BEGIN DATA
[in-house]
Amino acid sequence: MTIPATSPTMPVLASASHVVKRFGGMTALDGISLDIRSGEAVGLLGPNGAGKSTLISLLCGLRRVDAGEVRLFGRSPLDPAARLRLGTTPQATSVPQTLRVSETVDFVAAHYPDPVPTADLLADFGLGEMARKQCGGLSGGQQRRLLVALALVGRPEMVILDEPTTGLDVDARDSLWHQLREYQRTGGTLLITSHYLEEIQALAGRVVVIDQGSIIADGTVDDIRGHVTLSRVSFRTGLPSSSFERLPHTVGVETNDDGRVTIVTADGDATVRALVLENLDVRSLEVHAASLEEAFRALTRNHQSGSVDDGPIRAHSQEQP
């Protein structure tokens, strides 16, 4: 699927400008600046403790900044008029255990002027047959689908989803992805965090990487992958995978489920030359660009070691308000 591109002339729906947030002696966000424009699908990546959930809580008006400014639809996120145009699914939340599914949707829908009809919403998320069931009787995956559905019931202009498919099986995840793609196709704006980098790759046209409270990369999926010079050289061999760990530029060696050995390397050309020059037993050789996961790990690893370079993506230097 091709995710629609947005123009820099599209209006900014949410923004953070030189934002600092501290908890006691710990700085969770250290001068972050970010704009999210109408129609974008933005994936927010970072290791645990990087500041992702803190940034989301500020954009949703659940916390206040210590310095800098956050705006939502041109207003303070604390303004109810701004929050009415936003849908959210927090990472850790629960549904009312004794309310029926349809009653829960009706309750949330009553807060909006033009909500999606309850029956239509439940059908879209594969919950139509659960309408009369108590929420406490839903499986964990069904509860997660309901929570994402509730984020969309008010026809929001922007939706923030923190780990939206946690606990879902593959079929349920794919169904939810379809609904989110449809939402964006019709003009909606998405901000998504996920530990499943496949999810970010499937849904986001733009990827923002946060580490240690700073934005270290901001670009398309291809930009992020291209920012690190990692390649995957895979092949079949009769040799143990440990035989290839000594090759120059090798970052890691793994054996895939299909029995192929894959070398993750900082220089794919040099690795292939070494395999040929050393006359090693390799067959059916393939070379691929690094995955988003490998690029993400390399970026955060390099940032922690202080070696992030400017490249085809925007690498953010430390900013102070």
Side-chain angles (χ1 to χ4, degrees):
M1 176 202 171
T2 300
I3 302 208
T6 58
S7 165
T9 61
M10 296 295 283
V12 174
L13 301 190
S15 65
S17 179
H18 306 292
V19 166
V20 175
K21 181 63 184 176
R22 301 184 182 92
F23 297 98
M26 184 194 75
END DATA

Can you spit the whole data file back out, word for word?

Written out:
[in-house]
Amino acid sequence: MTIPATSPTMPVLASASHVVKRFGGMTALDGISLDIRSGEAVGLLGPNGAGKSTLISLLCGLRRVDAGEVRLFGRSPLDPAARLRLGTTPQATSVPQTLRVSETVDFVAAHYPDPVPTADLLADFGLGEMARKQCGGLSGGQQRRLLVALALVGRPEMVILDEPTTGLDVDARDSLWHQLREYQRTGGTLLITSHYLEEIQALAGRVVVIDQGSIIADGTVDDIRGHVTLSRVSFRTGLPSSSFERLPHTVGVETNDDGRVTIVTADGDATVRALVLENLDVRSLEVHAASLEEAFRALTRNHQSGSVDDGPIRAHSQEQP
């Protein structure tokens, strides 16, 4: 699927400008600046403790900044008029255990002027047959689908989803992805965090990487992958995978489920030359660009070691308000 591109002339729906947030002696966000424009699908990546959930809580008006400014639809996120145009699914939340599914949707829908009809919403998320069931009787995956559905019931202009498919099986995840793609196709704006980098790759046209409270990369999926010079050289061999760990530029060696050995390397050309020059037993050789996961790990690893370079993506230097 091709995710629609947005123009820099599209209006900014949410923004953070030189934002600092501290908890006691710990700085969770250290001068972050970010704009999210109408129609974008933005994936927010970072290791645990990087500041992702803190940034989301500020954009949703659940916390206040210590310095800098956050705006939502041109207003303070604390303004109810701004929050009415936003849908959210927090990472850790629960549904009312004794309310029926349809009653829960009706309750949330009553807060909006033009909500999606309850029956239509439940059908879209594969919950139509659960309408009369108590929420406490839903499986964990069904509860997660309901929570994402509730984020969309008010026809929001922007939706923030923190780990939206946690606990879902593959079929349920794919169904939810379809609904989110449809939402964006019709003009909606998405901000998504996920530990499943496949999810970010499937849904986001733009990827923002946060580490240690700073934005270290901001670009398309291809930009992020291209920012690190990692390649995957895979092949079949009769040799143990440990035989290839000594090759120059090798970052890691793994054996895939299909029995192929894959070398993750900082220089794919040099690795292939070494395999040929050393006359090693390799067959059916393939070379691929690094995955988003490998690029993400390399970026955060390099940032922690202080070696992030400017490249085809925007690498953010430390900013102070």
Side-chain angles (χ1 to χ4, degrees):
M1 176 202 171
T2 300
I3 302 208
T6 58
S7 165
T9 61
M10 296 295 283
V12 174
L13 301 190
S15 65
S17 179
H18 306 292
V19 166
V20 175
K21 181 63 184 176
R22 301 184 182 92
F23 297 98
M26 184 194 75